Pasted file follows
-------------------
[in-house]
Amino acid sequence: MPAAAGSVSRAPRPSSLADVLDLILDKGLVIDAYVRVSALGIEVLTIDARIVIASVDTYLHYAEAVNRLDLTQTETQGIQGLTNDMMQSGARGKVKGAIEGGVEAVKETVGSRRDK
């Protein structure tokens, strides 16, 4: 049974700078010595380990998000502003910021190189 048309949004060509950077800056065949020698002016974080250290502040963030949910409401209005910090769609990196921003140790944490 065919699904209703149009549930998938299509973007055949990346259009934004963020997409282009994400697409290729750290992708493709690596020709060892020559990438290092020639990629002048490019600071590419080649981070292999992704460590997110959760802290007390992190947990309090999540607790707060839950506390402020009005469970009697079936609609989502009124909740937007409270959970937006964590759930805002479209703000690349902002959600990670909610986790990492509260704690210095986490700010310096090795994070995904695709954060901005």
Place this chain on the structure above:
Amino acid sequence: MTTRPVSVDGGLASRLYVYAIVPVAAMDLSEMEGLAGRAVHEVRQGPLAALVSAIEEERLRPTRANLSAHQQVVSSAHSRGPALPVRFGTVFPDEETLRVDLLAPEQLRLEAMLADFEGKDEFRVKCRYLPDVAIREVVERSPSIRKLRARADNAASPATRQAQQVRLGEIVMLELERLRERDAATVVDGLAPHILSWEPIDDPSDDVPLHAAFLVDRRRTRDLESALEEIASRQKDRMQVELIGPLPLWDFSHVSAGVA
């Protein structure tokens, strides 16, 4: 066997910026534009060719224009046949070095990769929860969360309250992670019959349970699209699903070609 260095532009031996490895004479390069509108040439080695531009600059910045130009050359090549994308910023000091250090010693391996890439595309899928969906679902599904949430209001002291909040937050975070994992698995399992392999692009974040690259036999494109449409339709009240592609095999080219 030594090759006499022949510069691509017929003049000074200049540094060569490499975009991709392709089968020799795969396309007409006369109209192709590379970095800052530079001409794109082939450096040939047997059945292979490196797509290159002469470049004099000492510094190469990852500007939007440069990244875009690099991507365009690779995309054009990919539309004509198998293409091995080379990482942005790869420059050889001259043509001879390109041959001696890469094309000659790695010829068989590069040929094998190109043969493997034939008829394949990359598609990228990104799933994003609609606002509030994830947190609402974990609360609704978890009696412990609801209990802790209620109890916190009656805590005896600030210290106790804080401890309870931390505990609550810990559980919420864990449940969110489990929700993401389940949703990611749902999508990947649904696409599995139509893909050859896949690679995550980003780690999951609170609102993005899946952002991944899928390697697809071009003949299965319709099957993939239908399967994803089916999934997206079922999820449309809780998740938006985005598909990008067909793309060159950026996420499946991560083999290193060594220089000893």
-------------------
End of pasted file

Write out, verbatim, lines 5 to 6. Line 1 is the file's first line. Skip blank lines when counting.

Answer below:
Amino acid sequence: MTTRPVSVDGGLASRLYVYAIVPVAAMDLSEMEGLAGRAVHEVRQGPLAALVSAIEEERLRPTRANLSAHQQVVSSAHSRGPALPVRFGTVFPDEETLRVDLLAPEQLRLEAMLADFEGKDEFRVKCRYLPDVAIREVVERSPSIRKLRARADNAASPATRQAQQVRLGEIVMLELERLRERDAATVVDGLAPHILSWEPIDDPSDDVPLHAAFLVDRRRTRDLESALEEIASRQKDRMQVELIGPLPLWDFSHVSAGVA
């Protein structure tokens, strides 16, 4: 066997910026534009060719224009046949070095990769929860969360309250992670019959349970699209699903070609 260095532009031996490895004479390069509108040439080695531009600059910045130009050359090549994308910023000091250090010693391996890439595309899928969906679902599904949430209001002291909040937050975070994992698995399992392999692009974040690259036999494109449409339709009240592609095999080219 030594090759006499022949510069691509017929003049000074200049540094060569490499975009991709392709089968020799795969396309007409006369109209192709590379970095800052530079001409794109082939450096040939047997059945292979490196797509290159002469470049004099000492510094190469990852500007939007440069990244875009690099991507365009690779995309054009990919539309004509198998293409091995080379990482942005790869420059050889001259043509001879390109041959001696890469094309000659790695010829068989590069040929094998190109043969493997034939008829394949990359598609990228990104799933994003609609606002509030994830947190609402974990609360609704978890009696412990609801209990802790209620109890916190009656805590005896600030210290106790804080401890309870931390505990609550810990559980919420864990449940969110489990929700993401389940949703990611749902999508990947649904696409599995139509893909050859896949690679995550980003780690999951609170609102993005899946952002991944899928390697697809071009003949299965319709099957993939239908399967994803089916999934997206079922999820449309809780998740938006985005598909990008067909793309060159950026996420499946991560083999290193060594220089000893």